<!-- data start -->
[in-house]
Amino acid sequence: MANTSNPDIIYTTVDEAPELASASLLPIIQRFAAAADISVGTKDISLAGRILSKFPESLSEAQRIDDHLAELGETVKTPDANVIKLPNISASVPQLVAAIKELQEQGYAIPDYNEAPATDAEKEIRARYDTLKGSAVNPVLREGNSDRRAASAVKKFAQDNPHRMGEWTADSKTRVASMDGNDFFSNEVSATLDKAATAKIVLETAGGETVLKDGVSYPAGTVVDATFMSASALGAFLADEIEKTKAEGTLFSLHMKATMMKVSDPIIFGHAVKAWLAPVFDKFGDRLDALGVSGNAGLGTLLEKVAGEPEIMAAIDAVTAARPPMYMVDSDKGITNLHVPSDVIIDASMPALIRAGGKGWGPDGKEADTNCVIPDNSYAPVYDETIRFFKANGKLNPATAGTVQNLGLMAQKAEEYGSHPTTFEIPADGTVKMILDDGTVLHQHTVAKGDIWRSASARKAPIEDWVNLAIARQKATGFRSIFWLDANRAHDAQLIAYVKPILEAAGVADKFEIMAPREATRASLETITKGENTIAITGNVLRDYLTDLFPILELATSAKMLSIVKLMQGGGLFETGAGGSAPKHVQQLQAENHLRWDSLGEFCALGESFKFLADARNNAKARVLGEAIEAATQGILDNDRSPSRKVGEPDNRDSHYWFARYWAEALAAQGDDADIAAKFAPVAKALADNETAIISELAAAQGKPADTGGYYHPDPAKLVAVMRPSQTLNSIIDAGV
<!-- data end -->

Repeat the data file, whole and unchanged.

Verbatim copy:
[in-house]
Amino acid sequence: MANTSNPDIIYTTVDEAPELASASLLPIIQRFAAAADISVGTKDISLAGRILSKFPESLSEAQRIDDHLAELGETVKTPDANVIKLPNISASVPQLVAAIKELQEQGYAIPDYNEAPATDAEKEIRARYDTLKGSAVNPVLREGNSDRRAASAVKKFAQDNPHRMGEWTADSKTRVASMDGNDFFSNEVSATLDKAATAKIVLETAGGETVLKDGVSYPAGTVVDATFMSASALGAFLADEIEKTKAEGTLFSLHMKATMMKVSDPIIFGHAVKAWLAPVFDKFGDRLDALGVSGNAGLGTLLEKVAGEPEIMAAIDAVTAARPPMYMVDSDKGITNLHVPSDVIIDASMPALIRAGGKGWGPDGKEADTNCVIPDNSYAPVYDETIRFFKANGKLNPATAGTVQNLGLMAQKAEEYGSHPTTFEIPADGTVKMILDDGTVLHQHTVAKGDIWRSASARKAPIEDWVNLAIARQKATGFRSIFWLDANRAHDAQLIAYVKPILEAAGVADKFEIMAPREATRASLETITKGENTIAITGNVLRDYLTDLFPILELATSAKMLSIVKLMQGGGLFETGAGGSAPKHVQQLQAENHLRWDSLGEFCALGESFKFLADARNNAKARVLGEAIEAATQGILDNDRSPSRKVGEPDNRDSHYWFARYWAEALAAQGDDADIAAKFAPVAKALADNETAIISELAAAQGKPADTGGYYHPDPAKLVAVMRPSQTLNSIIDAGV